The lack of tools possessed by planners, designers, and engineers for making straight forward evaluations on how and where to place sustainable drainage systems (SuDS), has increased the reluctance to implement SuDS into designs. The South West Partnership for Environmental and Economic Prosperity (SWEEP) 006 will address this.
- Client: National Environment Research Council (NERC)
- Architect: N/A
- Partners: South West Water, Westcountry Rivers Trust, East Devon District Council|, Torbay Council, Exeter City Council, University of Exeter
- Value: £4M
- Year: 2017 – 2020
- Sector: Environment and Energy | Water |
- Specialisms: CIVIL ENGINEERING | STRUCTURAL ENGINEERING | GEOTECHNICAL ENGINEERING | FLOOD ENGINEERING | ENVIRONMENTAL MODELLING |
Water is vital to the beginning and continuation of life around the world. Nevertheless, with wet countries like the UK becoming wetter, and rainfall intensity ever-increasing, the overabundance of water can threaten the stability of livestock, infrastructure, and essentially lives. Consequently, effective drainage systems have become an increasingly crucial aspect to the prevention of these disasters.
Traditional drainage solutions, although very effective, tend to be costly and unfavourable to the environment - due to the placing of storage tanks through the excavating of land. On the other hand, SuDS such as swales, filter strips, green roofs, and reservoirs tend to be above ground, and although each provide less storage space when compared to big underground chambers, SuDS can be vital to the attenuation of peak flows going into drainage systems.
The South West Partnership for Environmental and Economic Prosperity (SWEEP), is a research group funded by the National Environment Research Council (NERC). Consisting of 15 projects from SWEEP 001 to 015, NERC aims to gain economic, environmental, and conservational benefits for South West England.
SWEEP 006 is a research project conducted by Catchment Modeller Shruti Virgincar and Professor Zoran Kapelan - Professor of Water Systems Engineering at the University of Exeter. The project will develop a tool that not only helps drainage engineers but a wide variety of partners in finding the best place to locate sustainable drainage systems with the greatest possible benefits.
The study builds upon Pell Frischmann’s Surface Water Analysis Tool (SWAT) to create a mechanism that strategically separates surface water from a combined drainage system. This identifies where the greatest upstream impermeable area is connected to drainage networks, where the majority of surface water is going, and its distance to a watercourse.
At the moment, to integrate a swale or pond into an area, organisations such as Westcountry River Trust would have to go out on site to investigate the suitable places and best fit for sustainable drainage. This research will save time by mapping the most effective systems and relevant places to integrate SuDS more widely.
This tool will not only act as an updated geographic information system (GIS) to visually analyse environmental and ground conditions, but will incorporate robust engineering that quantifies improvements in attenuation, biodiversity, and water quality - demonstrating a level of innovation that is otherwise unavailable to drainage engineers in the South West.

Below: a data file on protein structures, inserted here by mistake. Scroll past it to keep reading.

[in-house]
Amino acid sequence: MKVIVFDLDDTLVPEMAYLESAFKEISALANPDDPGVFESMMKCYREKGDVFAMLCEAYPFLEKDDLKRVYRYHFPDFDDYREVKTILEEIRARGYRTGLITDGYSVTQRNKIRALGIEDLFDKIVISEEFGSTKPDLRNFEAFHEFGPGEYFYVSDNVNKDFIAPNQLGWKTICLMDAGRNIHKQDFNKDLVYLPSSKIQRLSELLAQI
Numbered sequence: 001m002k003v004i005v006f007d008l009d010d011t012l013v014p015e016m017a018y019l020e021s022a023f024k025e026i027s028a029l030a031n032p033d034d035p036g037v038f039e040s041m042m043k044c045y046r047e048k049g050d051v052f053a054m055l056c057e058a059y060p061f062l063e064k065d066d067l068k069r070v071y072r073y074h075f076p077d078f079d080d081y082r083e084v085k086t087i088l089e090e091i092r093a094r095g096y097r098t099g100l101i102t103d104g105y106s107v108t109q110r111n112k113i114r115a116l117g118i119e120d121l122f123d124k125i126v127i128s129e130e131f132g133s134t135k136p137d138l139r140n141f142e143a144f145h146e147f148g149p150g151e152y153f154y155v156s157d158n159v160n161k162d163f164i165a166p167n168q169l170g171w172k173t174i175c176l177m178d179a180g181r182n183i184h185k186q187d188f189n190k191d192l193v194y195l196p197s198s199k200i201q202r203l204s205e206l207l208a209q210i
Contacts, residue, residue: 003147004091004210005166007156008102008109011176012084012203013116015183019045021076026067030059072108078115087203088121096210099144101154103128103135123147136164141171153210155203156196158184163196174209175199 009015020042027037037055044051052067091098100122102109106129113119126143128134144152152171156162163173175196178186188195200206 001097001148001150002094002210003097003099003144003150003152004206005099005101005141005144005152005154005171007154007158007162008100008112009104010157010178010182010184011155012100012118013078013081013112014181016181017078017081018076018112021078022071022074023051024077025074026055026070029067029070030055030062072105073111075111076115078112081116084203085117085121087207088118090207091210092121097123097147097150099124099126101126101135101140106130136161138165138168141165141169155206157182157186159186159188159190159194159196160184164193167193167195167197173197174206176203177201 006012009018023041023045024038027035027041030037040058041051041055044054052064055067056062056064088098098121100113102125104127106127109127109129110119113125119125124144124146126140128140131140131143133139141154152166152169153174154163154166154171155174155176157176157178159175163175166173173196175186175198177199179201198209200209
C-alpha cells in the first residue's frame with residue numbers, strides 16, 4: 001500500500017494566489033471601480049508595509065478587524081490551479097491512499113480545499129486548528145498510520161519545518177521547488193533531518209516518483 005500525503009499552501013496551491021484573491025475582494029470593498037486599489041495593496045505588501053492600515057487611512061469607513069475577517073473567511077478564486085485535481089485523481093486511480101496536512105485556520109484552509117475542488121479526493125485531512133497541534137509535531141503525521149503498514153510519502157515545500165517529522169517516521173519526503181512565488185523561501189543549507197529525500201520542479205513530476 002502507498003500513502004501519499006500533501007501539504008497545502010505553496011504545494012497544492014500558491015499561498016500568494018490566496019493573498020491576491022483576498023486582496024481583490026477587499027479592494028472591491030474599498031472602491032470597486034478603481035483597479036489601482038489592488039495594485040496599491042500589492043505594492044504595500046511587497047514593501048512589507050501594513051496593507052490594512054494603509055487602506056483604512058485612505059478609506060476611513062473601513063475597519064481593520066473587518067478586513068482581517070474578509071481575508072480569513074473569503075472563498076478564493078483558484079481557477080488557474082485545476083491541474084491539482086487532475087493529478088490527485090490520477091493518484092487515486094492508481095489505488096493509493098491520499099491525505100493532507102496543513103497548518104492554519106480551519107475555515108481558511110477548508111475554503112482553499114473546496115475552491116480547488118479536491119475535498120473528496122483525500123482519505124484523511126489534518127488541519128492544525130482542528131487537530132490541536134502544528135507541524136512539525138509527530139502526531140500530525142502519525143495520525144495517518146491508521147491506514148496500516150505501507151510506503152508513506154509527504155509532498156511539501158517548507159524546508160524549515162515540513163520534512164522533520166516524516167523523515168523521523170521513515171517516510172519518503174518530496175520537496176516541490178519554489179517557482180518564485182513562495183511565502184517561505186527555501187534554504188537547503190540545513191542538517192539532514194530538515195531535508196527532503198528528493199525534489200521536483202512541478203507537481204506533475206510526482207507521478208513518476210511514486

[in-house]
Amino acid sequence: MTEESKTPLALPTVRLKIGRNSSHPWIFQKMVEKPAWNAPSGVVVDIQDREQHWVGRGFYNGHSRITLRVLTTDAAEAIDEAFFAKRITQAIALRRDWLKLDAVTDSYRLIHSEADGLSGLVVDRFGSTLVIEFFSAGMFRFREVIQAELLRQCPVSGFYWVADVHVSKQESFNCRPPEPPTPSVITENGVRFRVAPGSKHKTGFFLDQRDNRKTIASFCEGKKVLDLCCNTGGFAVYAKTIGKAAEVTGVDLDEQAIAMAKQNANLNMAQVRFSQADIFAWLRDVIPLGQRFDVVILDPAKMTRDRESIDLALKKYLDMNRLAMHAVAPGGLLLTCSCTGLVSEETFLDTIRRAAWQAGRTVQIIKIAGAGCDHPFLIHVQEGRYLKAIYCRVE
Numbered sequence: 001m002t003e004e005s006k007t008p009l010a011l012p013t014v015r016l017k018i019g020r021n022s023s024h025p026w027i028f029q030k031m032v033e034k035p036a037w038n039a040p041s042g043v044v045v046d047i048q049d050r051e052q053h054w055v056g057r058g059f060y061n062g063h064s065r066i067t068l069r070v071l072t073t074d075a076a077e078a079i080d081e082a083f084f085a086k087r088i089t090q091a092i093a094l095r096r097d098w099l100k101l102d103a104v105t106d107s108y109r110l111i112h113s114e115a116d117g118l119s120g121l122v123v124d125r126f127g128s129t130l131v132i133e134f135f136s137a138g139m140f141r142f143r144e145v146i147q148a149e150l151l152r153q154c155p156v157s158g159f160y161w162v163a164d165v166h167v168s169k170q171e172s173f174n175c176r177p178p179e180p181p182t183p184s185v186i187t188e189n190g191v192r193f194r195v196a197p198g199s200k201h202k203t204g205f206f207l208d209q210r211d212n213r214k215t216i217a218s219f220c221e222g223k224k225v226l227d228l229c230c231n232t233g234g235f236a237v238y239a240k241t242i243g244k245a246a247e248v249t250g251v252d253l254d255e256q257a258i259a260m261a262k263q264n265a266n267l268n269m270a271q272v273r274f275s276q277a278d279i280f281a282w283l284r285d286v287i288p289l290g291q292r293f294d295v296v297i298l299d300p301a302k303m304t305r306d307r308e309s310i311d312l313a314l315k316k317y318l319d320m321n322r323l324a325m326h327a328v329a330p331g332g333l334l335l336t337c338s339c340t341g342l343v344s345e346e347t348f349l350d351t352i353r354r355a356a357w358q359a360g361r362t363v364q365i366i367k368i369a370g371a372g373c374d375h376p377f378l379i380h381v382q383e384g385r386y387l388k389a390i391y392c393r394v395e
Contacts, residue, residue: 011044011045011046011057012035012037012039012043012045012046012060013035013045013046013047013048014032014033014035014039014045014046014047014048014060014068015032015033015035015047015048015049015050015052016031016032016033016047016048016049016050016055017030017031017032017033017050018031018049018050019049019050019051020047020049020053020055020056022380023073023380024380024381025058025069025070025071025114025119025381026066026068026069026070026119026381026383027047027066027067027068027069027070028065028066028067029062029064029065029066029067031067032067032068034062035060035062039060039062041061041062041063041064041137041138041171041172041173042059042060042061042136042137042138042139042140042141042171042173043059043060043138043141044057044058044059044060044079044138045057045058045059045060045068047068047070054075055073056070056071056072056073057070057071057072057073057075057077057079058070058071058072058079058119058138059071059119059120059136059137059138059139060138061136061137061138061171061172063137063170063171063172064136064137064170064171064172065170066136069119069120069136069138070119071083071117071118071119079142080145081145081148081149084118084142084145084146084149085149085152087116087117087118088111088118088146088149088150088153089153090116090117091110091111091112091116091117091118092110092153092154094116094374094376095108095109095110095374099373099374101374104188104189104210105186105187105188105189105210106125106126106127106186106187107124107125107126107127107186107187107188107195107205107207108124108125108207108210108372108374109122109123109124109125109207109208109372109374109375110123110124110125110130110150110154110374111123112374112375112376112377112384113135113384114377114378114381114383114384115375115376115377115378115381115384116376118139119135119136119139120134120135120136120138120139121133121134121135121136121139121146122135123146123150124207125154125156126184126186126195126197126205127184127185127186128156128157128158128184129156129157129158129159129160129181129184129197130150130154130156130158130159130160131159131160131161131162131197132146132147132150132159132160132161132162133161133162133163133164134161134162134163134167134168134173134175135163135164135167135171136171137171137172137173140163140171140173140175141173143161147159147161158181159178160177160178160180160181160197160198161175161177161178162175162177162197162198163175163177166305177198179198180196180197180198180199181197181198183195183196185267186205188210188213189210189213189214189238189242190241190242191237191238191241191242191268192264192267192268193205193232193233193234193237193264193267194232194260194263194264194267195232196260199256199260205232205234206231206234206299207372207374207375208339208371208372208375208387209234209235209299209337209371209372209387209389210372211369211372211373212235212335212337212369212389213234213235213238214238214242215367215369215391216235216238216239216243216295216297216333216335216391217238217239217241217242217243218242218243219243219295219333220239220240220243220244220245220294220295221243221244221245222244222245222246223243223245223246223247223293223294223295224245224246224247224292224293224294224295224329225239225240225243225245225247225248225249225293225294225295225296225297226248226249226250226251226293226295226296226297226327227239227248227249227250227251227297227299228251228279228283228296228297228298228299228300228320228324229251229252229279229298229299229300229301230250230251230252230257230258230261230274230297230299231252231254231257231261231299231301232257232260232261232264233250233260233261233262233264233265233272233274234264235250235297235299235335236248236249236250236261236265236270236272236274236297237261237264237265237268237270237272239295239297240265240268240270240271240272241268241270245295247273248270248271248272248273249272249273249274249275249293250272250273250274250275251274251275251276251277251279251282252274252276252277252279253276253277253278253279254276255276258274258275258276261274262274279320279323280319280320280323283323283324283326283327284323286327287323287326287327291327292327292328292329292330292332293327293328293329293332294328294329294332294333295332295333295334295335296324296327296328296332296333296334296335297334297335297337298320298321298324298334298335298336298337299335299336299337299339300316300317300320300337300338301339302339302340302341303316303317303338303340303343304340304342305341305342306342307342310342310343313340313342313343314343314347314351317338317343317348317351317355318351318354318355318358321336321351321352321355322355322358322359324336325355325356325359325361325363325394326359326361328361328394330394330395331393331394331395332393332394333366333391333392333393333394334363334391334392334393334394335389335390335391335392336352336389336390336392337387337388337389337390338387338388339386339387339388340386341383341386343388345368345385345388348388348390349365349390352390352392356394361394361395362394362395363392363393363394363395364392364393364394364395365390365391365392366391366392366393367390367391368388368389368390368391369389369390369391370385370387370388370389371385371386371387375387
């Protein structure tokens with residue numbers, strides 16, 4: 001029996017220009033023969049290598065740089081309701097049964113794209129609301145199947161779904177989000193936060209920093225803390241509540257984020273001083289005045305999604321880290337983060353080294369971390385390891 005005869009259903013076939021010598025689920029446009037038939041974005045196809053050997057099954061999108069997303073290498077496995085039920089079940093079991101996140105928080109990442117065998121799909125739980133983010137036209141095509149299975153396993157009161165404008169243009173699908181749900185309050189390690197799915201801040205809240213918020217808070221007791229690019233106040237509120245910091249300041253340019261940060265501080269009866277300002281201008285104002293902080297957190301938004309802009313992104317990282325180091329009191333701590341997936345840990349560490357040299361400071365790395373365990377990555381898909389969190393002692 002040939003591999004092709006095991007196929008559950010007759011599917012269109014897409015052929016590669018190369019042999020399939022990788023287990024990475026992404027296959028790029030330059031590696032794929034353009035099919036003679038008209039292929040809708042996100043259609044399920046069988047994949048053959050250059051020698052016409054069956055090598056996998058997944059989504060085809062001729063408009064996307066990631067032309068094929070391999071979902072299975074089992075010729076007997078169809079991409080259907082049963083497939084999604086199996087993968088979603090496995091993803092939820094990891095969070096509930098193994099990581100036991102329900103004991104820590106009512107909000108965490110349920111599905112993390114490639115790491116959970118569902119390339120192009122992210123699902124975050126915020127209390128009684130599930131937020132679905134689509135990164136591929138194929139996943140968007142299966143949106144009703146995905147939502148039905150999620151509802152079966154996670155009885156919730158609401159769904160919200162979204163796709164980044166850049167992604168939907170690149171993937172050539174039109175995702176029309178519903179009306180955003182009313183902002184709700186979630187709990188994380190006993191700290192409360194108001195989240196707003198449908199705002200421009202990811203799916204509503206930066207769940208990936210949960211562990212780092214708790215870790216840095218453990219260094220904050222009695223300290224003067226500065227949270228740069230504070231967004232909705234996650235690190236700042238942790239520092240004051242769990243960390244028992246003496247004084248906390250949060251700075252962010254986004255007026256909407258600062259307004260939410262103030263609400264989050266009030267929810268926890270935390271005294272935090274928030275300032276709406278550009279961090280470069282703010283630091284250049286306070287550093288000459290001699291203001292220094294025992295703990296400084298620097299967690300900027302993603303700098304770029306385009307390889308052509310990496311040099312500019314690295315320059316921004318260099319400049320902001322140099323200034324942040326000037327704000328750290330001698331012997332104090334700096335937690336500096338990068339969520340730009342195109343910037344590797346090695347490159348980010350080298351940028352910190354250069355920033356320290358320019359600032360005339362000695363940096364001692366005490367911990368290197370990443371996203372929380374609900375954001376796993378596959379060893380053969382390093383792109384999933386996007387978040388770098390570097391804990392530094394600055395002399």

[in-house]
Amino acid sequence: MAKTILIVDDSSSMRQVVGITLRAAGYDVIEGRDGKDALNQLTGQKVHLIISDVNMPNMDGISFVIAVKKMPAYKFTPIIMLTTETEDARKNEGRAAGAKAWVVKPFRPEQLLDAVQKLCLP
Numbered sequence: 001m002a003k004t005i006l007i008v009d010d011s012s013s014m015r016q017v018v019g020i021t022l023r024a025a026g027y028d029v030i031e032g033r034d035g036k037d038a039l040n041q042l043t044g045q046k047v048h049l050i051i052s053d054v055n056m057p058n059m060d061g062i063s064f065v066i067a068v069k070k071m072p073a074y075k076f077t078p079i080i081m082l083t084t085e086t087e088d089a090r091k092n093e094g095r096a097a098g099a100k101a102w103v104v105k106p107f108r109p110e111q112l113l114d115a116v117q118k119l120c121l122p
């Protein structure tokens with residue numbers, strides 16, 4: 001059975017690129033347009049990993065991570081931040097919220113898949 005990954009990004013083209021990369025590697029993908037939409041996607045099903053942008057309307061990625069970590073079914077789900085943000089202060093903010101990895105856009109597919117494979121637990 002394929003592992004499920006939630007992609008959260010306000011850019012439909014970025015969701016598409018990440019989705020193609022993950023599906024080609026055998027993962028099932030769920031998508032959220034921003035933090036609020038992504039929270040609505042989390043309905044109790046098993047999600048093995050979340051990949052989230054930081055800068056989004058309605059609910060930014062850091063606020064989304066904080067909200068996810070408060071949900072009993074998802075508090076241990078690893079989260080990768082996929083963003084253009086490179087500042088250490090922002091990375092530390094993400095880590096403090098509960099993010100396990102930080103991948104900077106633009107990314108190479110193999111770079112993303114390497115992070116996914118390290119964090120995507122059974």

Current findings have identified considerations concerning upstream impermeable areas, green space availability, buildings, and topography – such as, the incompatibility of steep slopes and possible solutions to mitigate excessive run off. To achieve this, research and analyses are taken from previous models, approaches, and literature to build the best possible solutions.
Conferences with stakeholders; South West Water, Westcountry Rivers Trust, Torbay Council, and Exeter City Council, have allowed Pell Frischmann to present the SWAT, provide research updates, and partake in an open knowledge sharing discussion. This saw key points raised, such as the exclusion of infiltration in the current SWAT, as the previous system assumes all rainwater fallen onto a catchment runs into the drainage system, without taking into account substitute areas water may drift to. However, Further complications rise as greater variables are added into the tool - creating supplementary layers of uncertainty that need enhanced configurations.
The availability and quality of data acts as part of the solution for ensuring accuracy within the tool. Our partnerships with specialist stakeholders have provided access to key data in aid of ongoing research. An example of how stakeholders have helped was demonstrated at the conference, where Torbay Council suggested Torquay as a good catchment to use as a prototype for the model. By providing information on planning applications and data on present drainage systems, Torbay Council have enabled access to files that would not be available otherwise.
The creation of the new SuDS software will meet stakeholder aspirations by providing benefits that equip Westcountry Rivers Trust with a tool to engage the public - offering knowledge and advice concerning the use of SuDS. Additionally, the tool will provide South West Water with a system that delivers an overall outlook of the costs attached to SuDS, whilst supporting business cases through the quantification of results.
River Hull Integrated Catchment Study
This ICE Sir John Fowler Awarded scheme considered a variety of options for the catchment area including large flood storage reservoirs, new pumping station arrangements, and rerouting flows around the city of Hull.